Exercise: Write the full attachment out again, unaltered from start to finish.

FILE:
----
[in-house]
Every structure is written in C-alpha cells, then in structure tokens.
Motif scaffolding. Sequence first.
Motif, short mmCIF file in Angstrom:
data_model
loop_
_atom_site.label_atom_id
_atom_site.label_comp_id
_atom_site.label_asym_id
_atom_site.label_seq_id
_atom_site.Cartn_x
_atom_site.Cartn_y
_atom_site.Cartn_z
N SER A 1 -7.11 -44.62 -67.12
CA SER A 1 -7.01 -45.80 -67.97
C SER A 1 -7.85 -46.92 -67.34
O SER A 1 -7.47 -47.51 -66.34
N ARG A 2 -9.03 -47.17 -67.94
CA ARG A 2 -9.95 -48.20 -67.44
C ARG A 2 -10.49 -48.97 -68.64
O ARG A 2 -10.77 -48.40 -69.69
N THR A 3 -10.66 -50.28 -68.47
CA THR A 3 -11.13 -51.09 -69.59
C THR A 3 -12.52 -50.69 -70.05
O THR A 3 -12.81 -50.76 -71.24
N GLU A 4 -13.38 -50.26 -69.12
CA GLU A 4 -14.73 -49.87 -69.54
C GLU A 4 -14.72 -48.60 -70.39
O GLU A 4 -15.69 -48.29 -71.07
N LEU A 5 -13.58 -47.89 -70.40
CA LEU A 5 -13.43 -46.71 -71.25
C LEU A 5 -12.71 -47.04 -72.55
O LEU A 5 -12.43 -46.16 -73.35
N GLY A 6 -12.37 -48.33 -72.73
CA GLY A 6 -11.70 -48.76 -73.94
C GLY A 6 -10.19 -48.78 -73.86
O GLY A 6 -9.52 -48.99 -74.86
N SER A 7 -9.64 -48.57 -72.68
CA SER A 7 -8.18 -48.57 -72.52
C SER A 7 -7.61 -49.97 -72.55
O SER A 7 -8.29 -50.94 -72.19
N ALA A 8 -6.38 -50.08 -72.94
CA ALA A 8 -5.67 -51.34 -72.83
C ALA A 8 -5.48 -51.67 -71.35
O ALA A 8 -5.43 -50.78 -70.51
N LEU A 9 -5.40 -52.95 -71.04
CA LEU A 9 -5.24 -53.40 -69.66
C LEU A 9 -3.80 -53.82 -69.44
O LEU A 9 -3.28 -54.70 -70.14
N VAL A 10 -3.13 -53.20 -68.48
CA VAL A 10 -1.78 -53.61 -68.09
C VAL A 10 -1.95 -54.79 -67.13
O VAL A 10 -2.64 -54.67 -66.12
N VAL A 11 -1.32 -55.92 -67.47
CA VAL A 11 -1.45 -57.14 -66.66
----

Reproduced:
[in-house]
Every structure is written in C-alpha cells, then in structure tokens.
Motif scaffolding. Sequence first.
Motif, short mmCIF file in Angstrom:
data_model
loop_
_atom_site.label_atom_id
_atom_site.label_comp_id
_atom_site.label_asym_id
_atom_site.label_seq_id
_atom_site.Cartn_x
_atom_site.Cartn_y
_atom_site.Cartn_z
N SER A 1 -7.11 -44.62 -67.12
CA SER A 1 -7.01 -45.80 -67.97
C SER A 1 -7.85 -46.92 -67.34
O SER A 1 -7.47 -47.51 -66.34
N ARG A 2 -9.03 -47.17 -67.94
CA ARG A 2 -9.95 -48.20 -67.44
C ARG A 2 -10.49 -48.97 -68.64
O ARG A 2 -10.77 -48.40 -69.69
N THR A 3 -10.66 -50.28 -68.47
CA THR A 3 -11.13 -51.09 -69.59
C THR A 3 -12.52 -50.69 -70.05
O THR A 3 -12.81 -50.76 -71.24
N GLU A 4 -13.38 -50.26 -69.12
CA GLU A 4 -14.73 -49.87 -69.54
C GLU A 4 -14.72 -48.60 -70.39
O GLU A 4 -15.69 -48.29 -71.07
N LEU A 5 -13.58 -47.89 -70.40
CA LEU A 5 -13.43 -46.71 -71.25
C LEU A 5 -12.71 -47.04 -72.55
O LEU A 5 -12.43 -46.16 -73.35
N GLY A 6 -12.37 -48.33 -72.73
CA GLY A 6 -11.70 -48.76 -73.94
C GLY A 6 -10.19 -48.78 -73.86
O GLY A 6 -9.52 -48.99 -74.86
N SER A 7 -9.64 -48.57 -72.68
CA SER A 7 -8.18 -48.57 -72.52
C SER A 7 -7.61 -49.97 -72.55
O SER A 7 -8.29 -50.94 -72.19
N ALA A 8 -6.38 -50.08 -72.94
CA ALA A 8 -5.67 -51.34 -72.83
C ALA A 8 -5.48 -51.67 -71.35
O ALA A 8 -5.43 -50.78 -70.51
N LEU A 9 -5.40 -52.95 -71.04
CA LEU A 9 -5.24 -53.40 -69.66
C LEU A 9 -3.80 -53.82 -69.44
O LEU A 9 -3.28 -54.70 -70.14
N VAL A 10 -3.13 -53.20 -68.48
CA VAL A 10 -1.78 -53.61 -68.09
C VAL A 10 -1.95 -54.79 -67.13
O VAL A 10 -2.64 -54.67 -66.12
N VAL A 11 -1.32 -55.92 -67.47
CA VAL A 11 -1.45 -57.14 -66.66